Natural, Fragrant, and Sweet as Lebanese Honey
Call me crazy, but I find that the most inspiring people nurture passions totally removed from their day jobs. Donald Trump is one contemporary example. The man is a real estate tycoon, and apart from having become an outspoken television personality thanks to his decade-long NBC stint at “The Apprentice,” he’s now seriously contending for the role of US president.
Many bloggers write and do so prolifically, simply as a creative hobby. For most, blogging is not a full-time occupation that fetches a salary. It’s a labor of love.
Then there are the nose-to-grindstone entrepreneurs, the ones who have taken a riveting pet project and transformed it into a tangible consumable, a byproduct to benefit society and enrich the way in which we live.
Case in point: Marc-Antoine Bou Nassif is a successful architect at the helm of his own firm, 1000 Years Old. Together with his brother Ralph, a business consultant, and their friend Rabih Traboulsi, an engineer, the trio founded L’Atelier du Miel (“The Honey Shop”). Passionate about rekindling the affinity between man and nature, they aspire to introduce Lebanon to locally-produced artisanal honey that is totally pesticide- and antibiotic-free.
|Pesticide- and antibiotic-free honey|
|You can suck on honeycomb for a sweet rush of gushing honey|
How exactly does it work? Nearly 1,000 beehives are moved throughout the year to follow flower-blossoming seasons. This way, the bees feed only on the nectar of flowers and honeydew of trees. In the space of 12 months, beehives rotate through the cedars in the Barouk; oak trees in Keserwen; Medlar trees in Sidon; orange trees in Tyre and Akkar; cherry trees in Zahle; peach and apricot trees in Rechmaya; Hawthorn and wildflowers in Kab Elias; and thorns in Ain Dara.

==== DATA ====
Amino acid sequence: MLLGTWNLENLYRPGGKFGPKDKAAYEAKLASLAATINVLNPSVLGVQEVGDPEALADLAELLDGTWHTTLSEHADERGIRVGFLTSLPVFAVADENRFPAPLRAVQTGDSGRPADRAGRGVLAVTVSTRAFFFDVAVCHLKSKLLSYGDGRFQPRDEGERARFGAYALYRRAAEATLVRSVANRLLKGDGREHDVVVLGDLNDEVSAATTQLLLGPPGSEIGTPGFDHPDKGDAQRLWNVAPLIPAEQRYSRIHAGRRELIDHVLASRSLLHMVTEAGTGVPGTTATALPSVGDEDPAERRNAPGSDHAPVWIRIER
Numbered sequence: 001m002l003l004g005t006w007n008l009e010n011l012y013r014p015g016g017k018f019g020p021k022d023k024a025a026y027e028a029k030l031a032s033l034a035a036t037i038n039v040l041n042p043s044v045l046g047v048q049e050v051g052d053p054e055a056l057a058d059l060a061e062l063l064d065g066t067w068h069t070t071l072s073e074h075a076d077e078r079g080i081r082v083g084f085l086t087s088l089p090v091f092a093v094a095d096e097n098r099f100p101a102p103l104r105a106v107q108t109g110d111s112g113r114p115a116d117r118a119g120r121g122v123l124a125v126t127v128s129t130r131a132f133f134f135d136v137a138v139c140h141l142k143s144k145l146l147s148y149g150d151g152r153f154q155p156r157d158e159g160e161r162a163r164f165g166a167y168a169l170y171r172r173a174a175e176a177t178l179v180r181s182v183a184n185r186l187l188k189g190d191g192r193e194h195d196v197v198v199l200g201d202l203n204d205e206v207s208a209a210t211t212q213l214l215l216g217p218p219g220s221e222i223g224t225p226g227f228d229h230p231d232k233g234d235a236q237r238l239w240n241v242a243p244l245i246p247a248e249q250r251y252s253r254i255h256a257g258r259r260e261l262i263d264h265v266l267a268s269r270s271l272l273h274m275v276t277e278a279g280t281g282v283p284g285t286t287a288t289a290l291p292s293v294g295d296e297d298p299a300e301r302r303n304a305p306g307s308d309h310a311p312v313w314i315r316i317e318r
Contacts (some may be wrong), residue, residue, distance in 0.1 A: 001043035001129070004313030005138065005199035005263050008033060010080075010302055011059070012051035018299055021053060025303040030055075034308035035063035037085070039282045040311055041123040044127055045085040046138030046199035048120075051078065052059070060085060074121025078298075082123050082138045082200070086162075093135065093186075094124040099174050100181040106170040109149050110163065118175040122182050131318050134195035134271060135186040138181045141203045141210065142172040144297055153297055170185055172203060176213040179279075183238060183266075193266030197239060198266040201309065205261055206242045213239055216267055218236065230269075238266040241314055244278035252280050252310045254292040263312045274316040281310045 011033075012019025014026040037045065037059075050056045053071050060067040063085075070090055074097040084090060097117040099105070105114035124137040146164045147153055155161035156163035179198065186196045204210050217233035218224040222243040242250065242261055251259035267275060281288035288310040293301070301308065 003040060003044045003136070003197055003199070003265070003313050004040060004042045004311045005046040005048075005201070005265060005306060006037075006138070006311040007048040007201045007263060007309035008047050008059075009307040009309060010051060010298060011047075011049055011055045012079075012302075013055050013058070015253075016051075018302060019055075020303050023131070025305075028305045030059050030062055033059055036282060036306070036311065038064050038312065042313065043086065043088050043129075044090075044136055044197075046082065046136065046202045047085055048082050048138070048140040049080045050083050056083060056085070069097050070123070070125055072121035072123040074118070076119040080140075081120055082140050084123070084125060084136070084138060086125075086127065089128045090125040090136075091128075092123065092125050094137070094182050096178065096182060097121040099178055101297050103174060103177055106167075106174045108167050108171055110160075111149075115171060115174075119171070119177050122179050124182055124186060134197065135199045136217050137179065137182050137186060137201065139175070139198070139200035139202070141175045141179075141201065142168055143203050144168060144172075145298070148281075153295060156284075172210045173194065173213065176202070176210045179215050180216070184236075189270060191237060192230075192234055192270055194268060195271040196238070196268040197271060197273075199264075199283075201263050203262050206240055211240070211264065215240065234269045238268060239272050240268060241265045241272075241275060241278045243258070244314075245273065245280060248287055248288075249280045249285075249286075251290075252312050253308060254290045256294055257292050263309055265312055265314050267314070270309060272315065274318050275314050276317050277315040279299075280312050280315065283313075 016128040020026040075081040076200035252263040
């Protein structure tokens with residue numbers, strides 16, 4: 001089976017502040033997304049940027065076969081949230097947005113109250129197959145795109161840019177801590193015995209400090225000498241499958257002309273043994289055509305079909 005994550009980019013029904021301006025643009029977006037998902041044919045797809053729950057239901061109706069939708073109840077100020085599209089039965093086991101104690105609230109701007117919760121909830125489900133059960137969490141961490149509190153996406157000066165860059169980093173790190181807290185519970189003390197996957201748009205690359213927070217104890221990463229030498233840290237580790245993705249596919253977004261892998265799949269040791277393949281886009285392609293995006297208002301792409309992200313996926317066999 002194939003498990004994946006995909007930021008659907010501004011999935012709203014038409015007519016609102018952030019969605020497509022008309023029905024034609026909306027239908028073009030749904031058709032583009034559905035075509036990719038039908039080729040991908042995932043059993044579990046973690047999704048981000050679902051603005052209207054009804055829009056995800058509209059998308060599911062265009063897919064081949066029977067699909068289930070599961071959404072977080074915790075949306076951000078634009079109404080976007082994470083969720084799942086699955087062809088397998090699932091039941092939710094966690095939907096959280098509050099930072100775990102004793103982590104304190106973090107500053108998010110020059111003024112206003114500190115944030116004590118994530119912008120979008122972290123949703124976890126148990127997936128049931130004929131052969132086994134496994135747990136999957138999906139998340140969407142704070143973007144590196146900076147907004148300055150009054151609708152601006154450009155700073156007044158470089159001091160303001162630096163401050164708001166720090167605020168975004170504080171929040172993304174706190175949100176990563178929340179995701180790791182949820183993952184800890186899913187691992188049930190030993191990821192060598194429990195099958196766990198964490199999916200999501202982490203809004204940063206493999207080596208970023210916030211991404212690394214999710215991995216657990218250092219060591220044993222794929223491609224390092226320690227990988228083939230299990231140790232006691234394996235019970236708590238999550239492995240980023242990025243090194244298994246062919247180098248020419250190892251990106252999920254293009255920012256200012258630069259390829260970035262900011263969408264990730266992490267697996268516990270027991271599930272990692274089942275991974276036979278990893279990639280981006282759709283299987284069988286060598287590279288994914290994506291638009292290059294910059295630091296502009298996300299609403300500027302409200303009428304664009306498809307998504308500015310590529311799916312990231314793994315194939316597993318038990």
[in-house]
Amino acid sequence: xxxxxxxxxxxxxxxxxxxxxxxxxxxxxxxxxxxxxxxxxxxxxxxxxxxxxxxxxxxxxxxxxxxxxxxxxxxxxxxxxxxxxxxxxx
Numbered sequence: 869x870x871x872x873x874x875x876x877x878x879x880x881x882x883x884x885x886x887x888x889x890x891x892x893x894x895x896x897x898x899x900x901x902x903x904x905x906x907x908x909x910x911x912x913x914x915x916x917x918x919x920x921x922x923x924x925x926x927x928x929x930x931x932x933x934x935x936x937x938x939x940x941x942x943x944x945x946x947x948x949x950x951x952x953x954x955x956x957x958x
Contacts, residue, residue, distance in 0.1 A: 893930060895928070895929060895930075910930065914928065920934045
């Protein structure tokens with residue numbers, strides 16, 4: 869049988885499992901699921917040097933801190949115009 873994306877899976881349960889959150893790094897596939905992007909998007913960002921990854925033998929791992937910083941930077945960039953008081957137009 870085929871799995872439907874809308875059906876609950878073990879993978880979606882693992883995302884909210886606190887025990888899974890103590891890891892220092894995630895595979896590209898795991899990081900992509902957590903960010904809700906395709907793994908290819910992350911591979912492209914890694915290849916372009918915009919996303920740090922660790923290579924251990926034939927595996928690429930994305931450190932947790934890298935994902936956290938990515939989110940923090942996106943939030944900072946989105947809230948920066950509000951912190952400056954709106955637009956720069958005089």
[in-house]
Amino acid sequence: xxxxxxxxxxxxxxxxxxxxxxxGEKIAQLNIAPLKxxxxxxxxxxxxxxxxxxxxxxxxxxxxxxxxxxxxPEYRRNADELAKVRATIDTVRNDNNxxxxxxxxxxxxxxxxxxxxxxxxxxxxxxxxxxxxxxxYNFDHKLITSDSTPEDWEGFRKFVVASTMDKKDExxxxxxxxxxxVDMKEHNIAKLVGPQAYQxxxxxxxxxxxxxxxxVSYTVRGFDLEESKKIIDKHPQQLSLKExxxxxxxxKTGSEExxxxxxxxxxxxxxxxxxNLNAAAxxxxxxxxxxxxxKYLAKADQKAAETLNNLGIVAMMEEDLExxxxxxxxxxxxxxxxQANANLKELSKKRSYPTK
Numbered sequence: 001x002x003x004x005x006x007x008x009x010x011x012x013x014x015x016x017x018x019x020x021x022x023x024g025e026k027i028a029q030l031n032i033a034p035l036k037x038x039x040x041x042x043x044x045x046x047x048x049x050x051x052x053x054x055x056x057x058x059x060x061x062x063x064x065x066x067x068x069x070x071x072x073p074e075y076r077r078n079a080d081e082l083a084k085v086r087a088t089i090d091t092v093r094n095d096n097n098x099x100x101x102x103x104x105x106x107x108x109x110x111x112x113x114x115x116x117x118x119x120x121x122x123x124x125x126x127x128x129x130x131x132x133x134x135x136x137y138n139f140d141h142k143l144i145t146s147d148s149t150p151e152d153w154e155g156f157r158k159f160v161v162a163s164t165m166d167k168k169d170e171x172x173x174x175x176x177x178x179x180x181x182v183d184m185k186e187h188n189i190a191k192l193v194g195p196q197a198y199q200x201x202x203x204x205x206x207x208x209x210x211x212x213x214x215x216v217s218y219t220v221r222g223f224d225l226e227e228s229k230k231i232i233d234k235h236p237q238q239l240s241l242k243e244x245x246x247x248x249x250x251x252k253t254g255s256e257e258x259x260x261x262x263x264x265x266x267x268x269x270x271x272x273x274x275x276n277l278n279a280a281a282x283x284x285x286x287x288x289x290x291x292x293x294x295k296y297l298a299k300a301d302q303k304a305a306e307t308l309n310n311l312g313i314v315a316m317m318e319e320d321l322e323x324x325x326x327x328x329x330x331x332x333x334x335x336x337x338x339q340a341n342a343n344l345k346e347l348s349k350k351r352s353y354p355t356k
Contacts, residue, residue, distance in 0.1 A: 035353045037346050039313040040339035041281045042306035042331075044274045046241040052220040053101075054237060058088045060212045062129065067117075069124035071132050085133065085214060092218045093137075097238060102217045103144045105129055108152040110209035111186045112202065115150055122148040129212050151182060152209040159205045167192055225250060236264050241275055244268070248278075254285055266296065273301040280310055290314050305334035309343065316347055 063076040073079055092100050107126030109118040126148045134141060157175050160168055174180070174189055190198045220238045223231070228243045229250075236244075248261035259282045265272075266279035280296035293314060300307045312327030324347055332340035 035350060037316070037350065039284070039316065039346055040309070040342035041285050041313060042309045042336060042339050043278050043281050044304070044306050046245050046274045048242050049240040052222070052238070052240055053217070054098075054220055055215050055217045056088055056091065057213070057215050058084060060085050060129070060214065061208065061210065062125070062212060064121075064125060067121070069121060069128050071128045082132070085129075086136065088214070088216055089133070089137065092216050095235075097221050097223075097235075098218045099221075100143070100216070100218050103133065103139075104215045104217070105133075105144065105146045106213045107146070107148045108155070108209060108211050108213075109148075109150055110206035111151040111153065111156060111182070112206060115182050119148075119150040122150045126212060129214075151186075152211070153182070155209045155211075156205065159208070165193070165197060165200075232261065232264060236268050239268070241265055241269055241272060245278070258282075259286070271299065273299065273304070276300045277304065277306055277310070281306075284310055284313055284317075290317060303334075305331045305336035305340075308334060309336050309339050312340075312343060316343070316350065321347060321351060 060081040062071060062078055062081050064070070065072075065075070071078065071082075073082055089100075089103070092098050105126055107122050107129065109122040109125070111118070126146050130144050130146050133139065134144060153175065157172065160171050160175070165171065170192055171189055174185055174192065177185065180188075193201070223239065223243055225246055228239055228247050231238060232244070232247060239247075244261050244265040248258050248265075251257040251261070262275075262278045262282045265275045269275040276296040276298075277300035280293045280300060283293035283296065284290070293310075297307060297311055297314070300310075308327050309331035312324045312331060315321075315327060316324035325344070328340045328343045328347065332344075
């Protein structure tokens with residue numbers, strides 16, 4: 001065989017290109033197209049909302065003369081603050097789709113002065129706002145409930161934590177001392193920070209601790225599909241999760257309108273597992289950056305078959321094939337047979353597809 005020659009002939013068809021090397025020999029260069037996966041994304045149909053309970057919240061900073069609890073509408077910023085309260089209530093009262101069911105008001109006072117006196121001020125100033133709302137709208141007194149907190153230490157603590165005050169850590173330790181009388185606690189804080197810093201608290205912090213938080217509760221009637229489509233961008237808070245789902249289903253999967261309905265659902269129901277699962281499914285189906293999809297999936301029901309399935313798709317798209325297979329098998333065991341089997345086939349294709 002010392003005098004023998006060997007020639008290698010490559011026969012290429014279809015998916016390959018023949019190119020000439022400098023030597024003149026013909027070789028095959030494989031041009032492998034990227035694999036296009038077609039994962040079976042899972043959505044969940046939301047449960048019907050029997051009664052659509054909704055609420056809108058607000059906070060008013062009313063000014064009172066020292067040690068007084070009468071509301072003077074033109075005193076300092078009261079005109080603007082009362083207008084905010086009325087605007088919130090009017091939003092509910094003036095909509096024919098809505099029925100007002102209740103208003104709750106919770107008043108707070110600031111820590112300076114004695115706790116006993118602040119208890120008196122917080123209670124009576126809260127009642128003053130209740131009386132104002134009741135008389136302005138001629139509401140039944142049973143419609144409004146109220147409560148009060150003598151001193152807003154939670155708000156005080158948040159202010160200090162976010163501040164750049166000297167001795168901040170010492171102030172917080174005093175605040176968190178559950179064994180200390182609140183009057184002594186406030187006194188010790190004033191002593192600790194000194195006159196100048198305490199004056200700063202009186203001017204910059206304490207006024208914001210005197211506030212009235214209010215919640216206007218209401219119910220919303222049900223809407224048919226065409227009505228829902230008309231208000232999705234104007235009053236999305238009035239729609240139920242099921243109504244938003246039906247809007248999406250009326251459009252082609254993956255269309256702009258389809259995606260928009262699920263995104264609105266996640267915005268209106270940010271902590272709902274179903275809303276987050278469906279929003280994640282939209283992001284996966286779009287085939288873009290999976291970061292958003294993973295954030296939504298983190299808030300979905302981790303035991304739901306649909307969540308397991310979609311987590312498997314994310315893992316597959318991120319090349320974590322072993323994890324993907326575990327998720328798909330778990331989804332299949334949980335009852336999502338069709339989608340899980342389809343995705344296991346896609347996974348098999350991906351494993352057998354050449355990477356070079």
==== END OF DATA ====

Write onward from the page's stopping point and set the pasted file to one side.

Who participates in the grunt labor? The very three founders are trained beekeepers who shadowed local producers and attended professional workshops in France. Of course, with over 1,000 beehives to tend to, they cannot go at it alone, so they employ fresh graduates in agriculture to assist with extracting the honeycomb frames.
|Marc-Antoine Bou Nassif demonstrates how honey is extracted from a honeycomb frame|
The result? Over 20 tons of honey are produced annually, with a product line of 30 local and imported honeys and honey jams. The shop in Tabaris, Achrafieh, modeled after a veritable honeycomb, also sells sweet treats including pain d’epices (gingerbread), marrons glacés (candied chestnut), pastilles (honey drops), chocolate-chip cookies, madeleines, and nougat.
|L'Atelier du Miel sells 30 different varieties of honey|
|Products also comprise honey jams and other goodies|
|Chocolate-chip cookies made with honey rather than cane sugar|
The founders of L’Atelier du Miel aim to convince the Lebanese that honey is an essential part of the daily diet. Natural honey contains sugars already digested by bees, and they are thus easily absorbed by the human body. By contrast, industrial sugar derived from beetroot or cane has zero benefit. Honey also helps preserve the natural flavors of fruits in jams.
|Goat labneh drizzled with honey on a slice of wholewheat baguette|
|Fig tartlets with goat cheese and honey|
Products, tasting tips, and their specific benefits are detailed elaborately on L’Atelier du Miel’s website. For those interested in exploring the extensive variety of honey on offer, peek in at the boutique store, and you might just bump into Marc-Antoine. If you do, you’re in for some sweet discussion.
+961 1 322 064